Fire towers in the Catskill Mountains have always been destination points, built to capture some of the region’s best views. These sentinel stations served an important role for the earliest possible sightings of forest fires in the remote mountain ranges. But the fire towers and those who manned them fulfilled a multitude of other roles as well.Continued ...
- Being a parent is a constant learning process
- Healthy doesn't have to mean expensive
- A family era ends with close of Potter series
- Independent stores make up for loss of Borders
- A view from above
- Mark Simonson
A historian's mailbag reflects, corrects recent columns
It seems like an eternity since I last reached into the historian's "mailbag" to share some correspondence. The "bag" of today can include electronic mail, or just someone stopping to chat with me in the supermarket or places I may be speaking to groups. But I'll reiterate what my fellow columnist Big Chuck said recently, "Keep those cards and letters coming."Continued ...
- Signs of springtime in Oneonta arrived in April 1889
- Student housing stirred unrest in 1970s
- Oneonta reveled in spring 'Dress Up Week' in 1919
- Proposed change to Delaware County Community College rejected in 1959
- A historian's mailbag reflects, corrects recent columns
- Rick Brockway
Gilbert Lake brings back fond memories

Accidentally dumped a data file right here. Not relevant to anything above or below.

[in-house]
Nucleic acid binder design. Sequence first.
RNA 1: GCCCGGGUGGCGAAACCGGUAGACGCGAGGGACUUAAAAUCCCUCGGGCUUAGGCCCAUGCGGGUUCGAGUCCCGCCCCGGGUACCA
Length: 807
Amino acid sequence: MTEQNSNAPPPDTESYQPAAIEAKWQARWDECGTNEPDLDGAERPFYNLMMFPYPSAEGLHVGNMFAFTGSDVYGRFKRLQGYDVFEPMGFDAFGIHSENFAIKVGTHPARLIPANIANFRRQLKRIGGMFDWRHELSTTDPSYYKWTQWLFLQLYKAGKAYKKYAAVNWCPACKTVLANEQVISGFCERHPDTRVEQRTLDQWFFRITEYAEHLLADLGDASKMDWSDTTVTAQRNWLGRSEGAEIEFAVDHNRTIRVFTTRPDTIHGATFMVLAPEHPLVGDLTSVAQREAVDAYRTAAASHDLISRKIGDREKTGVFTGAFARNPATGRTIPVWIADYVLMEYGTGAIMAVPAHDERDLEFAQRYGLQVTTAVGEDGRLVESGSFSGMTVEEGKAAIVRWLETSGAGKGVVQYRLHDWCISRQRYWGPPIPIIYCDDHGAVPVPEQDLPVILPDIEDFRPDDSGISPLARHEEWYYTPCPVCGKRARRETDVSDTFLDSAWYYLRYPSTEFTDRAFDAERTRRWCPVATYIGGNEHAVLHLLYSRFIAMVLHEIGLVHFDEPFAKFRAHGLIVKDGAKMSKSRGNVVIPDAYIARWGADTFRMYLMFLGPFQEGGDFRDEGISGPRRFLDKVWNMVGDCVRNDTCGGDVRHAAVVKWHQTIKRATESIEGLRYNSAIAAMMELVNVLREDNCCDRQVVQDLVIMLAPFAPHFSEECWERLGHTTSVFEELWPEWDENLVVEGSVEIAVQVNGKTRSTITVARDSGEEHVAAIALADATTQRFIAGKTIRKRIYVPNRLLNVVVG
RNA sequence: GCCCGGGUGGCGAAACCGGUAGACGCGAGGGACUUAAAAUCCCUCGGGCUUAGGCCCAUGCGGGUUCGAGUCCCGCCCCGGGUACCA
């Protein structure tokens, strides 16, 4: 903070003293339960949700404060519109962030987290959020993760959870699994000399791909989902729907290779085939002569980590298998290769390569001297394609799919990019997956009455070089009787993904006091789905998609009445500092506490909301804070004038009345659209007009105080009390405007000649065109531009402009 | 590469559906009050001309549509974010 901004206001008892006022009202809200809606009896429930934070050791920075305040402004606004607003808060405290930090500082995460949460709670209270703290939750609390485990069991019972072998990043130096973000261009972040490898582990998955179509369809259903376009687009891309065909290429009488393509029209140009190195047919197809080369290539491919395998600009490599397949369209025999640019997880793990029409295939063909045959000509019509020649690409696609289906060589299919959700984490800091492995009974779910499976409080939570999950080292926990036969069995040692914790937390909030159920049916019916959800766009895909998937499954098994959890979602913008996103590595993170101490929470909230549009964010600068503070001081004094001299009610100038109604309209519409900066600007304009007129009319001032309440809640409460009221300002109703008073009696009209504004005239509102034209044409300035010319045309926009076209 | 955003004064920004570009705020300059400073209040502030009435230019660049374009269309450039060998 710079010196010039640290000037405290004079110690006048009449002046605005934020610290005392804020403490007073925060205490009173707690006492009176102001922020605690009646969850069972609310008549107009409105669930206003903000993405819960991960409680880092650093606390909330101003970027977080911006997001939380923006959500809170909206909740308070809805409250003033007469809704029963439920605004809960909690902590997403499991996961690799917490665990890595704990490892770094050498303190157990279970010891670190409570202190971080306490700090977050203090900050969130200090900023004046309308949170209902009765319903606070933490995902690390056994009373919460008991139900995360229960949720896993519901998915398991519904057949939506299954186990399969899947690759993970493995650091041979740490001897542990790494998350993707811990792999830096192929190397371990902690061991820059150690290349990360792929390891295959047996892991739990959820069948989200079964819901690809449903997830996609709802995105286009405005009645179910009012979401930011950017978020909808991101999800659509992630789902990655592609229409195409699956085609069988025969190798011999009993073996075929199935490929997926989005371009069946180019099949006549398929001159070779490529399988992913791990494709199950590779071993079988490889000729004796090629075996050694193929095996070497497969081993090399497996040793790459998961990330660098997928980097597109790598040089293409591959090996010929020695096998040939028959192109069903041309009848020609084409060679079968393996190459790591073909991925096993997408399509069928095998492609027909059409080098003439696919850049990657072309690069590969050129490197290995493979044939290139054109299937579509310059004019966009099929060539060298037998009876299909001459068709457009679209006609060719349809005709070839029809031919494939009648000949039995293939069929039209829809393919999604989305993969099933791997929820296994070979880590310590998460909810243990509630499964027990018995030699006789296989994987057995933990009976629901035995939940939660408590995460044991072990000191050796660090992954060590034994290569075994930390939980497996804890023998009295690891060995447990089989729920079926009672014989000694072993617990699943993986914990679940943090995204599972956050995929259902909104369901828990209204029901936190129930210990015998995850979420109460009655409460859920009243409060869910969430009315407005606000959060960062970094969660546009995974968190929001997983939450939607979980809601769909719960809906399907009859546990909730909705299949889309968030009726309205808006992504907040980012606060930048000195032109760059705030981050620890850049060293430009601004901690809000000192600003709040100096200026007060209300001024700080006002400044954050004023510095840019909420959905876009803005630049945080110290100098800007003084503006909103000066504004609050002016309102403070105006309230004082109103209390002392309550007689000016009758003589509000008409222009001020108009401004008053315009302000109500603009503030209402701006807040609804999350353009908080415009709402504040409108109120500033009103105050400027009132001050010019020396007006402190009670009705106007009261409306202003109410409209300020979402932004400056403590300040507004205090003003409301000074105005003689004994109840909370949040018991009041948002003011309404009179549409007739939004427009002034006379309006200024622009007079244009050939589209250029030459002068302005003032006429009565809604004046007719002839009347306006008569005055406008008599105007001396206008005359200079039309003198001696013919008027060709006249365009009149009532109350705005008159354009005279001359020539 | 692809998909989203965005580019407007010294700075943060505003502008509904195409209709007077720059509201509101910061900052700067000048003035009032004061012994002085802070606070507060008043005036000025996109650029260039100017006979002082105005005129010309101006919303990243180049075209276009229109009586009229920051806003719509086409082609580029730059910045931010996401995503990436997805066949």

A friend posted on Facebook some pictures of him and his daughter fishing at Gilbert Lake.
- Frog legs always a neat treat
- You never know what you're going to see on the slopes
- Chestnuts are making a comeback
- Fishing is all about being in the right place at the right time
- Gilbert Lake brings back fond memories
- Sam Pollak
Mr. Adelson disturbs my 'ghetto mentality'
This Sheldon Adelson guy makes me very nervous.Continued ...
- A minority group that's getting out of hand
- Religion should be a comfort, not a weapon
- The world must think we're nuts
- Mistakes easy to take ... if they're not yours
- Mr. Adelson disturbs my 'ghetto mentality'
- William Masters
Schreibman tops Chris Gibson on women's issues
As the time to vote draws near, we need to remember how money can run politics more than we can. Raising funds is a prominent (if not the dominant) task of getting elected. Raising issues is also crucial, but those efforts are subject to distortion and fear-mongering.
Republicans feelentitled to allthey can garner
An entitlement is a legal benefit available from the government to individuals who are within a defined category of recipients, such as needing insurance for unemployment or health services.
Romney focuses on self; Obama emphasizes unity
Mitt Romney criticizes President Obama for saying a person's success is rooted in his community, and is not all his alone. Romney belittles this with his belief in individual initiative. He is better at the put-down than the push-up.
Romney shows little regard for common man
The Republicans in Congress have voted over and over, 33 times, redundantly and uselessly, to rescind what they call Obamacare.
Scouts' gay ban creates problem where none exists
The Boy Scouts of America's "emphatic reaffirmation" of its vow to exclude any and all homosexuals from its hallowed ranks is ill-considered and pathetic, especially in view of its having reviewed the matter for two years.
- Schreibman tops Chris Gibson on women's issues